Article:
COVID exposes this to all of us and, importantly, some citizens are policed more harshly during the pandemic than others. Black Lives Matter has foregrounded the violence meted out to Black people in the ‘wrong’ spaces, citizens or not. In the report Policing the Pandemic, Amnesty International found that across Europe, Black and ethnic minority people are disproportionately targeted by police with violence, discriminatory identity checks, fines and forced quarantines.

MMB is interested in making connections – between different disciplines and areas of scholarship, between theory and practice and across migrants and citizens, policy-makers, activists and academics. This is where we find the sparks that make us think in new and meaningful ways. In 2021 we will be making more spaces for these connections to grow – from online forums to communal gardens. Come and join us!

Bridget Anderson is Professor of Migration, Mobilities and Citizenship at the University of Bristol and Director of MMB.

Images by Jordan Graff, Marco Bianchetti and Eutah Mizushima on Unsplash.

From imperial sugar to golden passports: the Citizenship Industry

By Sarah Kunz.

In a surprising turn of events, September 2020 saw the end of Malta’s citizenship-by-investment (CBI) programme and its conversion into a residence-by-investment (RBI) scheme. CBI schemes allow the acquisition of citizenship regardless of regular naturalisation criteria, such as residence or language skills, in return for a payment to a government fund or a real estate purchase. Similarly, RBI programmes – or ‘golden visas’ – offer residence permits for money. So-called ‘investment migration’ is among the most significant innovations in recent migration policy and in my research I argue that residence and citizenship-by-investment (RCBI) schemes, and the highly privileged migrations they produce, need to become more central to discussions about migration. Research also needs to overcome nation-state centric frameworks to recognise RCBI as the product of a booming transnational industry: the Citizenship Industry.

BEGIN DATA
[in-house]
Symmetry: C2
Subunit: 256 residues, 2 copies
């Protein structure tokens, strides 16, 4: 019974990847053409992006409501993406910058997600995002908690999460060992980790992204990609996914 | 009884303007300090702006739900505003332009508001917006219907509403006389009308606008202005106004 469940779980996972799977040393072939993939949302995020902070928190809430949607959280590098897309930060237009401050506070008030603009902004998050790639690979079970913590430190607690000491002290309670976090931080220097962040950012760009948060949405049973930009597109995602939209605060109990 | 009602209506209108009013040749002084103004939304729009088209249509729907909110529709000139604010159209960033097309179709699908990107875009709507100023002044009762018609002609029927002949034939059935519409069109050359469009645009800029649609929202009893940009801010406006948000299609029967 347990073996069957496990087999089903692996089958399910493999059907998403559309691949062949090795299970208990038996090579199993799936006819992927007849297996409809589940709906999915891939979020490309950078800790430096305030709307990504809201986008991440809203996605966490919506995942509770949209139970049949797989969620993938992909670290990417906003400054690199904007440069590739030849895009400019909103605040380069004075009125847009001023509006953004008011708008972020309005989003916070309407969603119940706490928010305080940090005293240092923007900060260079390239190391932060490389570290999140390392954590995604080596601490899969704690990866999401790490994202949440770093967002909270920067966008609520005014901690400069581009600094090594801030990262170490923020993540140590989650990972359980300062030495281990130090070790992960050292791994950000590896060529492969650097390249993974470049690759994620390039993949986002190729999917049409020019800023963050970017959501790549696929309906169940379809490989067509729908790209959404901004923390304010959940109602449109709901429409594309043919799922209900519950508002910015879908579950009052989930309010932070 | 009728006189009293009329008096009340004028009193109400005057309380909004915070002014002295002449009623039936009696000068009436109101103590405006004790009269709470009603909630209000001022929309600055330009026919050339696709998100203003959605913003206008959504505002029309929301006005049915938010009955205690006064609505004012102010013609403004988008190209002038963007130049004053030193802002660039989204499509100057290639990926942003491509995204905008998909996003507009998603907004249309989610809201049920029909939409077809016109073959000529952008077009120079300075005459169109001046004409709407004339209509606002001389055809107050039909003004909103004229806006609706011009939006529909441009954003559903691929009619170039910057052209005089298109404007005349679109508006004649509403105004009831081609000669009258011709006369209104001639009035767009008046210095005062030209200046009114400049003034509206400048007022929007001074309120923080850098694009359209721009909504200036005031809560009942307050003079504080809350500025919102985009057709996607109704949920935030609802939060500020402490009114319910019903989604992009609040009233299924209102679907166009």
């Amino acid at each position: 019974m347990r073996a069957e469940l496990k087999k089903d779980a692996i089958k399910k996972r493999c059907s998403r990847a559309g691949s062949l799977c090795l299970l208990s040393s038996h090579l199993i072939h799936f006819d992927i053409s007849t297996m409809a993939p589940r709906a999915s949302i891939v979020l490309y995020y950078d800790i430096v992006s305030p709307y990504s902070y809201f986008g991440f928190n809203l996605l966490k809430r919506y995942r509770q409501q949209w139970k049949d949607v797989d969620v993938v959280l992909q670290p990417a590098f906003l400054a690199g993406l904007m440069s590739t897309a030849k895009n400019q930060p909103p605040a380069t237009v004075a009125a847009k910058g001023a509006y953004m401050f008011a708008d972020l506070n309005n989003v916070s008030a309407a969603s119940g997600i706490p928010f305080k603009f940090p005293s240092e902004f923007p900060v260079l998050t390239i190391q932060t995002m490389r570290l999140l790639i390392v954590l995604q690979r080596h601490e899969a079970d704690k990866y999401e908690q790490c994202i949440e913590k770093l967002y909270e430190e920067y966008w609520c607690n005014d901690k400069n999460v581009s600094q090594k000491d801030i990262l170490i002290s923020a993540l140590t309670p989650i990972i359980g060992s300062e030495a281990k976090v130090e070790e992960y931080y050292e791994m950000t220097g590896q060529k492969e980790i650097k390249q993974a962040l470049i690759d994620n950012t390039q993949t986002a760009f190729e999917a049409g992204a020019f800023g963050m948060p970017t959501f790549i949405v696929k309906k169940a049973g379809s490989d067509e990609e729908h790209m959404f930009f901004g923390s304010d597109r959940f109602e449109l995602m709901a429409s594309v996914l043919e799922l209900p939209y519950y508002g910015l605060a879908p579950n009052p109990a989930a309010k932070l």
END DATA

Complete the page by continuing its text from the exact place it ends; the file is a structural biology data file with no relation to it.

The decision to wind down Malta’s CBI programme came after years of controversy on the island. The programme was criticised not only by the opposition Nationalist Party but also by Malta’s most famous journalist, Daphne Caruana Galizia, whose assassination in 2017 sent shockwaves across Europe and eventually caused Prime Minister Joseph Muscat – who launched Malta’s CBI scheme in 2013 and was its staunchest defender – to step down. The decision to phase out Malta’s CBI scheme also decided the country’s on-going skirmish with the EU, which has opposed CBI schemes for years due to concerns over foreign security, money-laundering, tax evasion and corruption.

Valletta, Malta. In September the country’s citizenship-by-investment programme was converted into a residence-by-investment scheme (image: Needpix.com)

While Cyprus, Malta and Bulgaria are the only EU-members to run CBI programmes, RBI is much more widespread and similarly prone to political controversy. This might be best exemplified by the UK’s Tier 1 ‘Investor Visa’. In 2011, while also rolling out its ‘hostile environment’, Theresa May’s Home office redesigned Britain’s RBI programme to introduce a fast track for the super-rich and relax residency requirements. Four years later, Transparency International discovered a loophole which meant that between 2008 and 2015 3,000 applicants – the majority from high corruption risk jurisdictions like Russia and China – were granted visas without checks on the source of their wealth.